After a solid decline for the past three years, carbon dioxide (CO2) emissions in the United States rose in 2018. According to data from the Energy Information Administration (EIA), power generation, natural gas and oil consumption resulted in an emissions increase of 3.4 percent, marking the second largest annual gain since 1996.
The only year that emissions increased at a more significant rate was 2010, when emissions went up 3.6 percent after a huge recession-driven decline the year before.
Even though a record number of coal-fired power plants closed last year, natural gas replaced the majority of the lost generation rather than instead renewables — and also fed the demand for electricity growth.
The result of using natural gas over renewables meant a 1.9 percent increase in power sector emissions. However, the biggest source of emissions for the third year in a row was the transportation sector due to the growing demand for diesel and jet fuel that offset a noticeable decline in gasoline consumption.
Because of unusual cold weather in the beginning of 2018, the building and industrial sectors also showed significant emissions gains. But, there has also been very little progress in these sectors when it comes to decarbonization strategies.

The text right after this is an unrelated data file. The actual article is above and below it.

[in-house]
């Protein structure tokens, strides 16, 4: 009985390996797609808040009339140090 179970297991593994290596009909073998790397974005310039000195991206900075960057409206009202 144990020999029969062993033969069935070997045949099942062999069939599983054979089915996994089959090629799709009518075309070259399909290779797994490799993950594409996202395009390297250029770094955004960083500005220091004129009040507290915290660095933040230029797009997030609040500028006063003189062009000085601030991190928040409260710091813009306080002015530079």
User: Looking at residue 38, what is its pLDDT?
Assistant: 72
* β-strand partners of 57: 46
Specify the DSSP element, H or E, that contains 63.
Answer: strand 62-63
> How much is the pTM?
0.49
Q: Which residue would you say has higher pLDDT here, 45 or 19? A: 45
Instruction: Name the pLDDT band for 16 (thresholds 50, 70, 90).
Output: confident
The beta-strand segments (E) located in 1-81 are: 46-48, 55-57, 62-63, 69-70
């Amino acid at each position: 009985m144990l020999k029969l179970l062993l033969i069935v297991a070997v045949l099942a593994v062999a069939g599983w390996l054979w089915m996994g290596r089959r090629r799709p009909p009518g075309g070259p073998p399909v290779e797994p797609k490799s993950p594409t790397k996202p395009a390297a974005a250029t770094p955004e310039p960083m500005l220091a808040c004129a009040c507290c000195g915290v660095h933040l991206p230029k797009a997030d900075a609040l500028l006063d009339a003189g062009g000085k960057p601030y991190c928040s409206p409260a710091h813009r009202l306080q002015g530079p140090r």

In the United States, CO2 emissions from fossil fuels peaked back in 2007 at approximately 6 billion tons, but thanks to the great recession and the switch in power generation from coal to natural gas, wind and solar, emissions fell by 12.1 percent (an average of 1.6 percent per year) between 2007 and 2015.
Yet in the last couple of years the pace of emissions decline has slowed down. Not to mention, the lack of a proper climate change policy will leave the U.S. at risk of putting the Paris Agreement reduction goals (26-28 percent cut below 2005 levels by 2025) out of reach.
Image via cwizner